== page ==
I'm sick and took the day off of work today, partly because I don't feel good, partly because I might get somebody else sick, and mostly because I sound so awful that I'm sure everybody would blame me if they did get sick. I've been having a hard time getting out full sentences without either speaking in a mickey mouse voice or else not being able to make any sound at all, and at best I sound hoarse. My experience with gender dysphoria makes me feel pretty tolerant of the times when my voice is wonky, but not necessarily tolerant with the times when my voice won't come out at all.

Tuesday, June 07, 2011

My newest weird test result is a high vitamin D level- 92 point something at a lab that goes up to 75. And I'm not even supplementing! The doctor left a message but it's too late to get back to her today.

I finally have insurance coverage for my Dexcom sensors, which is great. I got sent an invoice about a week ago that at first I thought was amusing, but the more I look at it, the less amused I am.

To review: if you are buying Dexcom sensors, you will be told the price for a box is 319 dollars per box, unless you are willing to buy at least six boxes in a twelve month period, in which case the price is 289 dollars per box.

On this invoice, it says that the list price is 460 dollars per box, but that my insurance (BCBS-IL) has contracted with Dexcom and received the lower price of $261.52 per box, and that for the two boxes I just got, the price is therefore $523.04 of which I paid $52.30 and insurance is expected to make up the difference.

And, just, I don't get it. Why does Dexcom have a list price of $460? Why contract with my insurance for $261.52 when uninsured patients, who require less paperwork and processing (though probably use the Dexcom less continuously) pay 289 plus shipping and handling?

Monday, June 06, 2011

On Thursday I walked about ten miles. Took a water bottle, was good with hydration, nary a high blood sugar all day (it did bump up to about 160). I didn't eat much, but... whatever. I got home and tested for urine ketones because they've tended to be running trace a lot of the time in the past nine months or so. The color changed really quickly to moderate, I put the strip down, picked it back up and it was the color of very large ketones. Whoa! So, I took out the Nova Max meter and tested blood ketones and got a result of 0.4, which is the upper end of normal, and is supposed to correspond with negative or maybe trace ketones.
So... if I were to just test blood ketones, I think I'd find normal, normal, normal, ketone levels. But on urine ketone levels, I've seen trace to small ketones the majority of the times I've tested in the past year.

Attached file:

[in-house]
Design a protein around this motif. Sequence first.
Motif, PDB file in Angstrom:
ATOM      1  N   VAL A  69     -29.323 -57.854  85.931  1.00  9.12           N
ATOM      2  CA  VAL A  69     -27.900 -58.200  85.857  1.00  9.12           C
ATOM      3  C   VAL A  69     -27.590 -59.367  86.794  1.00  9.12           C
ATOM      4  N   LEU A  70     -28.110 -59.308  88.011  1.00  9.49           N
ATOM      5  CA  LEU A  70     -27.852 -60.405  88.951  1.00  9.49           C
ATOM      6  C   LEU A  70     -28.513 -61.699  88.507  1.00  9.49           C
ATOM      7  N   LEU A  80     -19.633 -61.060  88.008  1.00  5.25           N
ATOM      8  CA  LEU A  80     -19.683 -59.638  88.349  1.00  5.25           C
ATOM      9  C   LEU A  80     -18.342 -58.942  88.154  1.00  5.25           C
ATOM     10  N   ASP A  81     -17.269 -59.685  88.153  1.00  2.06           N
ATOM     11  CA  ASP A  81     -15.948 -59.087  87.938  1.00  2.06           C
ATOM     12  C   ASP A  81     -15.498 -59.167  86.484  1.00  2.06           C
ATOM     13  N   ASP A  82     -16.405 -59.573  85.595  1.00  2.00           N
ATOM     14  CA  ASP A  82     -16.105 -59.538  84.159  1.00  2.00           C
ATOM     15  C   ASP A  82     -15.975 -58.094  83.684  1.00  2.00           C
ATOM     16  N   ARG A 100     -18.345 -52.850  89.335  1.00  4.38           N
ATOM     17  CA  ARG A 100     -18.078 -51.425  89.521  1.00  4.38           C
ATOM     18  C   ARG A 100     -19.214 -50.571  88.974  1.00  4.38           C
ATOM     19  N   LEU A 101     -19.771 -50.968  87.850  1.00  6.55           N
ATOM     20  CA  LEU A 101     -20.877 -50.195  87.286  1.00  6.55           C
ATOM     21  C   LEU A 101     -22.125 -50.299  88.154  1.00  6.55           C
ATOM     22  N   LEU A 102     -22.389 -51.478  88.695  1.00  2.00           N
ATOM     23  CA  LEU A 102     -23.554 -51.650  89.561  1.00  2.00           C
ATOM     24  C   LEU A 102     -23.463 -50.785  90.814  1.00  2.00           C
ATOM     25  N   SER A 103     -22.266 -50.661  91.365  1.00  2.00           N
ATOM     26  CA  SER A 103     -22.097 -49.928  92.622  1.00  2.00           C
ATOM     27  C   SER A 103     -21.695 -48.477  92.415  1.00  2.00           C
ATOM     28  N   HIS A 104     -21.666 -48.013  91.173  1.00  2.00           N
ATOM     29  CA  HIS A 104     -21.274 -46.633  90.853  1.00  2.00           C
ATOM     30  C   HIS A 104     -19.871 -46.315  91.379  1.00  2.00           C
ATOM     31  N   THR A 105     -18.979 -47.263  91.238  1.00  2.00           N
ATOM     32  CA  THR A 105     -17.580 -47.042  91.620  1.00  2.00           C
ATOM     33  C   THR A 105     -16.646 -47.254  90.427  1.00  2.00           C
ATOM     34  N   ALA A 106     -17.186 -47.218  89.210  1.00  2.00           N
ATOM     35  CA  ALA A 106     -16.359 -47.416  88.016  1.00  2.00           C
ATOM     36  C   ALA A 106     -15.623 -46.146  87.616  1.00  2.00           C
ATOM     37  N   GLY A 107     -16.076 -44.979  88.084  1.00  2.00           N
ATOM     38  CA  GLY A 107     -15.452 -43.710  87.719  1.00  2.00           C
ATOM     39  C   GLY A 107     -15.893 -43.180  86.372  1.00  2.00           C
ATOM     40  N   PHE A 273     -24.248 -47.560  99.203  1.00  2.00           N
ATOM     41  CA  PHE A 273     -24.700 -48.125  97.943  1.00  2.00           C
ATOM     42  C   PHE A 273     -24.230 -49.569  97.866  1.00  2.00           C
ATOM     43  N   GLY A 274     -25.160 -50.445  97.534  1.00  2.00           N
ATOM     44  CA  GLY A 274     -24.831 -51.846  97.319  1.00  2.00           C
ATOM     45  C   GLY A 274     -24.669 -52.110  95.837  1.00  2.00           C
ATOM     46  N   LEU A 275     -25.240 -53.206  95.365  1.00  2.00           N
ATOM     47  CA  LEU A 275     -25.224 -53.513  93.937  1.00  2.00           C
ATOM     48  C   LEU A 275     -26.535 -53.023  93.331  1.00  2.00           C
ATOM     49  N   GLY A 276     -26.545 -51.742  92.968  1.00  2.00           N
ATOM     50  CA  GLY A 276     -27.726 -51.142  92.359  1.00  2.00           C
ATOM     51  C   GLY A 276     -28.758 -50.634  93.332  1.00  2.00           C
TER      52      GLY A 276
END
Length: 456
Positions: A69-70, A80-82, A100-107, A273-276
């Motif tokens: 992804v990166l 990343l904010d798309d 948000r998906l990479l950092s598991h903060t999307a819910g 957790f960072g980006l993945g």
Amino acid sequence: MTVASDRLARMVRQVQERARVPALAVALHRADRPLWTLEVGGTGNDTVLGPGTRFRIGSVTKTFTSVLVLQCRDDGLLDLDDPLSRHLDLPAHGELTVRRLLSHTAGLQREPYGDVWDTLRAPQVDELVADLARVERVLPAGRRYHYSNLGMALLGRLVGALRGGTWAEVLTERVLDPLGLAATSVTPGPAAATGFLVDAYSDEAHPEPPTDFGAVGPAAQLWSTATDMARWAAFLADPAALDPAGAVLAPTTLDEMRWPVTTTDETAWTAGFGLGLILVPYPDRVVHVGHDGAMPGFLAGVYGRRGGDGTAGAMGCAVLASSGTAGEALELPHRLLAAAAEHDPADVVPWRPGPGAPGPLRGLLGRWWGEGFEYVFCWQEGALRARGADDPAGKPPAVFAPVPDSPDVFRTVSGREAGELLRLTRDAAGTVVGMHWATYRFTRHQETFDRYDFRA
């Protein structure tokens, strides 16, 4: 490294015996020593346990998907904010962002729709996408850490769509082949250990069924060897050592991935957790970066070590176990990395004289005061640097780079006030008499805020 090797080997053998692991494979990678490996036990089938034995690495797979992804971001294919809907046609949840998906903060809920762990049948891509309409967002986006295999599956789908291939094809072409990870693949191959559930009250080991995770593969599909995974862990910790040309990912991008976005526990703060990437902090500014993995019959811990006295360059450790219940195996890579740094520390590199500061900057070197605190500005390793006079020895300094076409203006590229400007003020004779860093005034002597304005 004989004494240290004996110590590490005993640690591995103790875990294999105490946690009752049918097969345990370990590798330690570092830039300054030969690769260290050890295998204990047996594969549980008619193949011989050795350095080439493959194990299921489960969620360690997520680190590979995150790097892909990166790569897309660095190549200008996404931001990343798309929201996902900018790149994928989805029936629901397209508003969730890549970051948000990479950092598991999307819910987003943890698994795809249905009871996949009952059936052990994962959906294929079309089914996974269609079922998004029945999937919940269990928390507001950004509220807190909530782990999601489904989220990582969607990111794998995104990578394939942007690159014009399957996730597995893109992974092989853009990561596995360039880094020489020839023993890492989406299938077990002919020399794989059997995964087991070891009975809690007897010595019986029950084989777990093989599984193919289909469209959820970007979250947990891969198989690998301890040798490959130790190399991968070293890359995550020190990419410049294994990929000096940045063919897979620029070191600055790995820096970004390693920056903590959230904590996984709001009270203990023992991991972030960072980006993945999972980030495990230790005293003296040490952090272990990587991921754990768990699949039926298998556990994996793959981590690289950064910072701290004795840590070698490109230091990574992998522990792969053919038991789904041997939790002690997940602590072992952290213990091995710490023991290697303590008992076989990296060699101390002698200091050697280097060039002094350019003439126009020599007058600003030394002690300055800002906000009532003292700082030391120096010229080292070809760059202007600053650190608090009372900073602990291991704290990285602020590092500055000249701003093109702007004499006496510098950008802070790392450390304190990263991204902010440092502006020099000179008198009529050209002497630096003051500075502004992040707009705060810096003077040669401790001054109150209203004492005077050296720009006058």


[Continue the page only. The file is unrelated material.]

While a negative blood ketone test is somewhat reassuring, the fact of the matter is that even moderate urine ketone levels strongly imply that something is going on. The fact that I developed a high urine ketone load while hydrated and euglycemic (unless you think 160 is ketogenic) makes me wonder if either exercise or lack of calories could be responsible and if it is safe for me to eat small breakfasts and lunches.

I also wonder if the blood ketone meter's demarcation of normal is correct, since I've read other people claiming that they typically have lower blood ketone levels and don't see numbers like 0.4 unless they are sick.

I pulled that second hip sensor when it missed a low, I tried calibrating with the low (bg of 62 vs sg 140 or something like that) and it said Error 1 and didn't recover. I now have a sensor in my arm and it is working beautifully.

Wednesday, June 01, 2011

Sensor Quandry

Let's say you're wearing (or a person in your charge is wearing) a sensor and it's not performing well. How do you decide to pull it or leave it in?

I'm wearing a sensor. It's on day 5. It has been showing some really erratic numbers. A few times it's been spot on and mostly the direction of the trends are correct but the magnitude of the trend is not. Also, every time I take a walk it shows me plunging low within 20 minutes, very dramatically proving that it is on body, but in reality my blood sugar doesn't seem to have been low at all. At first I thought it was just warming up and would get better but at this point I'm not so sure.